Widespread non-bullous impetigo
Based on its experience, the committee agreed that people with widespread non-bullous impetigo should be offered a short course of either a topical or an oral antibiotic. They discussed that the choice of topical or oral use would be an individualised clinical decision, taking local antimicrobial resistance data into account alongside patient preference, practicalities of administration, possible adverse effects and previous use.
The committee discussed that effectively applying a cream may be difficult over larger skin areas. It agreed that an oral antibiotic may be a better option for some people with widespread non-bullous impetigo, despite the higher risk of adverse events, and that the decision should be based on a discussion of the person's preferences and the balance of risks and benefits. Antimicrobial resistance can develop rapidly with the use of topical antibiotics, and the committee agreed that repeated doses or extended use of the same topical antibiotic should be avoided.
Bullous impetigo or impetigo in people who are systemically unwell or at high risk of complications
The evidence on treating bullous impetigo was limited to a small study in newborn babies. From its experience, the committee discussed that the presence of bullae may mean that a topical antibiotic is unable to reach the infected area. Therefore, it agreed that an oral antibiotic is needed to target the infection adequately.
No evidence was identified for treating people who are systemically unwell or at higher risk of complications. Based on its experience of current practice, and because of the high risk of harm if topical application of antibiotic is inadequate, the committee agreed that this population should be offered an oral antibiotic. People at higher risk of complications can include, for example, people who are immunocompromised or have coexisting skin conditions.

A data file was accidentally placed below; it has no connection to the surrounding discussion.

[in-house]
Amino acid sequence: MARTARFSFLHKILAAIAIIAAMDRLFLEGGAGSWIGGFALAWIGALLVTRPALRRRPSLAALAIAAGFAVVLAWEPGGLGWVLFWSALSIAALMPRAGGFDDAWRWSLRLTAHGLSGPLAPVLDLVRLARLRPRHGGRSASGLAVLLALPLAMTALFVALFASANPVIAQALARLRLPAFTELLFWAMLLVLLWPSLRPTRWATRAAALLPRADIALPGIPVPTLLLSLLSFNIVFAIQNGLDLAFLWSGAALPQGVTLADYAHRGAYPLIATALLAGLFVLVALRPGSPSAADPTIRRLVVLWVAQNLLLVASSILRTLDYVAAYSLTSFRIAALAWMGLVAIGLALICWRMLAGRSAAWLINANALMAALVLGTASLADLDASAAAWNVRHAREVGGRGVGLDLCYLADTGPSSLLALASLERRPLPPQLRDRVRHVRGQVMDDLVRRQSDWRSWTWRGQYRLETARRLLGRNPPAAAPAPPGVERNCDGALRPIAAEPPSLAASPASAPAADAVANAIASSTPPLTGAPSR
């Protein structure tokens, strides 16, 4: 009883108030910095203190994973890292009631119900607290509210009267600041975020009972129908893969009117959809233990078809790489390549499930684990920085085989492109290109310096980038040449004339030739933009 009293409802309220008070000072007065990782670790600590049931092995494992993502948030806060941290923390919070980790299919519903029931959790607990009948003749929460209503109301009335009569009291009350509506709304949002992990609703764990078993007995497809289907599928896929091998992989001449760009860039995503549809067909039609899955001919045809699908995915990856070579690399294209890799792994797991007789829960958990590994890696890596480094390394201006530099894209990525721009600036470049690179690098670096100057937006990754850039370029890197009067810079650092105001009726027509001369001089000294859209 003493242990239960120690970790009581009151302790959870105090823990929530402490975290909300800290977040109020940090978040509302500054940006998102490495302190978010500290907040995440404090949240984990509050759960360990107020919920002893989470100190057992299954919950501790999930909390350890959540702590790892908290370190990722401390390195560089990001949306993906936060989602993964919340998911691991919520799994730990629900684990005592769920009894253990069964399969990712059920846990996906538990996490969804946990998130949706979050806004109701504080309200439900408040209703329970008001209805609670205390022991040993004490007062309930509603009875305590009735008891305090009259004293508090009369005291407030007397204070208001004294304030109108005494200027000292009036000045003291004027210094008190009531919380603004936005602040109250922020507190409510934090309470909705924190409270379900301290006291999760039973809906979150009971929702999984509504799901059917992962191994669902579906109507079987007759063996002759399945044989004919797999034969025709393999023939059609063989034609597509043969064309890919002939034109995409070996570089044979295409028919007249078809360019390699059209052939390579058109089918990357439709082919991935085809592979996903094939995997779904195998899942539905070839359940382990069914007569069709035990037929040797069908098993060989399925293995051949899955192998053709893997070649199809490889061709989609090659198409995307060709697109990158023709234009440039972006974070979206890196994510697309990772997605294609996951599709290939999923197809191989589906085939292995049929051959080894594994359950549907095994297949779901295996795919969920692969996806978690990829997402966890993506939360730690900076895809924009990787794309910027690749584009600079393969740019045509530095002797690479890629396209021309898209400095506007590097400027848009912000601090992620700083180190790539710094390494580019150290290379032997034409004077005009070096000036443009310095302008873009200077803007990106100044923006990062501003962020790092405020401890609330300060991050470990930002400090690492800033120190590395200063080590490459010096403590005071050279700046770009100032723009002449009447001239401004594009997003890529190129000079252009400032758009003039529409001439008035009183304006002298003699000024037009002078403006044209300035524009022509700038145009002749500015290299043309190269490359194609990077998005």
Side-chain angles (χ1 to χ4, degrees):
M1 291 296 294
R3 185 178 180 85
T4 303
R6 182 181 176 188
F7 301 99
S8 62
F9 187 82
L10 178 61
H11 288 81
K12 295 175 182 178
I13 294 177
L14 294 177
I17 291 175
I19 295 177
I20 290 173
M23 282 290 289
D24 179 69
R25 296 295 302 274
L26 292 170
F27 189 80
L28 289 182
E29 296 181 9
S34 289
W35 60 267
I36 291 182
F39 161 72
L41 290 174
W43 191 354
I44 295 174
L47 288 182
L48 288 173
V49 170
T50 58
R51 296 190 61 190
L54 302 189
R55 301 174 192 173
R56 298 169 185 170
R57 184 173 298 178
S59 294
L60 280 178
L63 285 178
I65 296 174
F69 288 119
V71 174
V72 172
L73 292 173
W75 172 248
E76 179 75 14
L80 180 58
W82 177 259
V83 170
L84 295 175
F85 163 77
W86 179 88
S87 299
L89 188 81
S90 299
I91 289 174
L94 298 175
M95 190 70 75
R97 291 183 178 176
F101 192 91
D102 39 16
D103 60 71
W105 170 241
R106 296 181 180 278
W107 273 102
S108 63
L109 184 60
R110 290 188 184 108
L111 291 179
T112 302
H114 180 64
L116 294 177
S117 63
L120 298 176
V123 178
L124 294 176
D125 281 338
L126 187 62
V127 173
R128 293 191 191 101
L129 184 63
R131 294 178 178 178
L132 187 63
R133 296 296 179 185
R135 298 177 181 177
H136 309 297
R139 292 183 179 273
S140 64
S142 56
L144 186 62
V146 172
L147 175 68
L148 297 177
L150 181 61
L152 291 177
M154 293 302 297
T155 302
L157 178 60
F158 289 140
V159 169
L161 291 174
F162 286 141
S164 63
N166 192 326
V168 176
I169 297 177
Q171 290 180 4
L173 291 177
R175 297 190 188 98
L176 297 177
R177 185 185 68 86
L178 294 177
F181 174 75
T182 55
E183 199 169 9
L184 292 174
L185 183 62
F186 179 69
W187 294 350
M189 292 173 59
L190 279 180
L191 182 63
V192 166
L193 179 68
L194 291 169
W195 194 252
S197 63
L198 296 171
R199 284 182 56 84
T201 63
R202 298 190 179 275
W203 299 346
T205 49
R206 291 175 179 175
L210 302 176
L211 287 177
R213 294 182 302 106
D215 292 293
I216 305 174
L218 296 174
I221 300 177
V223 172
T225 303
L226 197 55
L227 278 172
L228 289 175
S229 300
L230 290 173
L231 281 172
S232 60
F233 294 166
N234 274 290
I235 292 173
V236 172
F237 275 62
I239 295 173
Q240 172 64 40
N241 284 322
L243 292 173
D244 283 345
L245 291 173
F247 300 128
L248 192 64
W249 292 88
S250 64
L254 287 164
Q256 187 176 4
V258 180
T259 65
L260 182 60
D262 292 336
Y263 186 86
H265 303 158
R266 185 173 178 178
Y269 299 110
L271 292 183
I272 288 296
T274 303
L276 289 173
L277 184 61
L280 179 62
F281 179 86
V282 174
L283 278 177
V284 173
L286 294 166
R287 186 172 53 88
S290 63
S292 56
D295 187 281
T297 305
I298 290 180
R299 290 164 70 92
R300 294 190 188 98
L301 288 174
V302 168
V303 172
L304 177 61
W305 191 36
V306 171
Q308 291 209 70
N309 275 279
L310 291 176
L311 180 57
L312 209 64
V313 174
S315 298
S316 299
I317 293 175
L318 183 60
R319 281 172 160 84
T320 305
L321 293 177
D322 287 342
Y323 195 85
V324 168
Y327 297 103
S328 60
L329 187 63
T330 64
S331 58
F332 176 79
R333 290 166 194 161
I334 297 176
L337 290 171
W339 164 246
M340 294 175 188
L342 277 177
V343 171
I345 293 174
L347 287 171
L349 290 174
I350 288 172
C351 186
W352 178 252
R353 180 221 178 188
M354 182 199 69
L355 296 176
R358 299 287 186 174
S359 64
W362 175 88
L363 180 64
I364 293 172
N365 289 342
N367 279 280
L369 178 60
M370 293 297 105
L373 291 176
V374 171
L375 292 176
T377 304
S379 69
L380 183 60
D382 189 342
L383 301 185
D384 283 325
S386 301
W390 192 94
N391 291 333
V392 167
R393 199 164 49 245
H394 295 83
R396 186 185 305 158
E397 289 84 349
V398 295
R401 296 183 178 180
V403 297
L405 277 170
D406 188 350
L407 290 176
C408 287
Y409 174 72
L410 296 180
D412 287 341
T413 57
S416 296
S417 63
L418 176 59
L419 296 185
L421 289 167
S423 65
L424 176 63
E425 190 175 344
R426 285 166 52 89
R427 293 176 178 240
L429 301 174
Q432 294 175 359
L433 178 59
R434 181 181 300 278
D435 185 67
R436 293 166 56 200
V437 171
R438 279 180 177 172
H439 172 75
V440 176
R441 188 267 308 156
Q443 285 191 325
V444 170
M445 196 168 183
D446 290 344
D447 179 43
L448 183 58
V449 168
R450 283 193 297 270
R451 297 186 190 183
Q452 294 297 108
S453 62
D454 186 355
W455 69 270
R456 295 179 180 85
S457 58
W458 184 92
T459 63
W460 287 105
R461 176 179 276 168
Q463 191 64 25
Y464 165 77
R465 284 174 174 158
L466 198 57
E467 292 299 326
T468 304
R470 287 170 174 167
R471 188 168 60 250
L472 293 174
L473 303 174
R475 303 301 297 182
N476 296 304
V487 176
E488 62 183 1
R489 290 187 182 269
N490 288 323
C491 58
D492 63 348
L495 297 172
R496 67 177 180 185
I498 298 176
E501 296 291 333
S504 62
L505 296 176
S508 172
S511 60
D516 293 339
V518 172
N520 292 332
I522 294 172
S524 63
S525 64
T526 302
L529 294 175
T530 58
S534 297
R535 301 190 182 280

The evidence suggested that combination treatment with an oral and topical antibiotic was no more effective than a topical antibiotic alone. The committee agreed that combination treatment should be discouraged because of the increased risk of adverse events and antimicrobial resistance.
The committee agreed that further research is needed to more clearly show which populations would benefit from antiseptic treatment. A research recommendation was developed to encourage more research in this area, which may contribute to future antibiotic-sparing recommendations and help reduce the risk of resistance and adverse events with antibiotics.
Source guidance details
- Comes from guidance
- Impetigo: antimicrobial prescribing
- Date issued
- February 2020
|Is this a recommendation for the use of a technology only in the context of research?||No|
|Is it a recommendation that suggests collection of data or the establishment of a register?||No|